We love fireworks because they’re loud, spectacular displays of fire in the sky. Even the simplest fireworks festival can elicit gasps from kids and grownups alike. Most of us have memories of summer nights with sparklers or firecrackers. Home fireworks have become a summertime and Fourth of July tradition.
But so too have summertime burns and injuries in hospitals across the U.S. – so much so that there are movements to ban home fireworks altogether or, at the very least, to keep most of them out of the hands of anyone who is not a professional pyrotechnics expert.
Home fireworks can burn the skin and eyes, causing permanent damage. Even sparklers can reach 1,800° Fahrenheit. The sparks are easily transferred to hair, clothing, or any nearby flammables or wicks. There are all sorts of fireworks available on the market today, many of which are illegal in certain areas. It’s always a good idea to double-check local laws to see if home fireworks are legal and which are so.
This week, we be sharing some tips on staying safe during the Fourth of July holiday. We’ll also share some scary statistics and video from the Consumer Product Safety Commission.
Technology constantly finds new and innovative ways to facilitate parenting. Just a few years ago, baby monitors were generally expensive, bulky, full of static, and had very basic features. Now, we’ve got everything from networking capability to crystal-clear video monitoring.
Of course, these are just tools. Nothing will ever replace our parental love and devotion, but these tools help us do what we do in a more sophisticated way.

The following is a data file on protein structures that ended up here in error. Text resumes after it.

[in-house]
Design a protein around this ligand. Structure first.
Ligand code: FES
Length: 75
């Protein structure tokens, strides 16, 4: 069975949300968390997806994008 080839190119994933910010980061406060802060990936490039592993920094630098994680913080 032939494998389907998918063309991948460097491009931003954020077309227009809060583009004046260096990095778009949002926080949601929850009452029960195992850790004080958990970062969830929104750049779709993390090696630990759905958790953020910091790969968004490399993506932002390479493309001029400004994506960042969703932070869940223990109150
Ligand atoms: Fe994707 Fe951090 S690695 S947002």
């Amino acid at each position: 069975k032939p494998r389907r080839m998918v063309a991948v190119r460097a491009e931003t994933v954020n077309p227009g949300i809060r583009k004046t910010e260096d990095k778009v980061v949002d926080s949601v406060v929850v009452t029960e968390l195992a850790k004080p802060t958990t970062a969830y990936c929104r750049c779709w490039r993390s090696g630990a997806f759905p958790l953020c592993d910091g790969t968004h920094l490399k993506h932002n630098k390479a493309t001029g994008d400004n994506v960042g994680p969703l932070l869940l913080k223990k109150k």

This week we covered many different uses of baby monitors, including being a support to parents with autistic children or those with developmental delays or disabilities. We also covered one of the most advanced, useful, and affordable baby monitors on the market today: The MobiCam Digital DL audio/video baby monitor system (hint: digital is safer!). We hope it was eye-opening but reassuring that there are so many products on the market that support parenting.
The most trusted name in consumer products reviews and reporting, Consumer Reports, offers some great tips on choosing a baby monitor. The latest baby monitoring technology makes use of wireless networking, gives you a choice between digital and analog devices (digital is safer), and brings up concerns such as interference. It also addresses some of the emotional effect that a video monitor can have on a parent. This is a great list of concerns to address before making your purchase.
Obviously, a baby monitor is great for viewing your child while they play, sleep, or work in another room. However, there’s really no reason to toss it out once your child reaches a certain age! It’s a useful video or audio device that can be used in a myriad of ways. Two-way audio can be used as a great communication device between rooms!
Here’s a quick list of other ways you can use your baby monitor.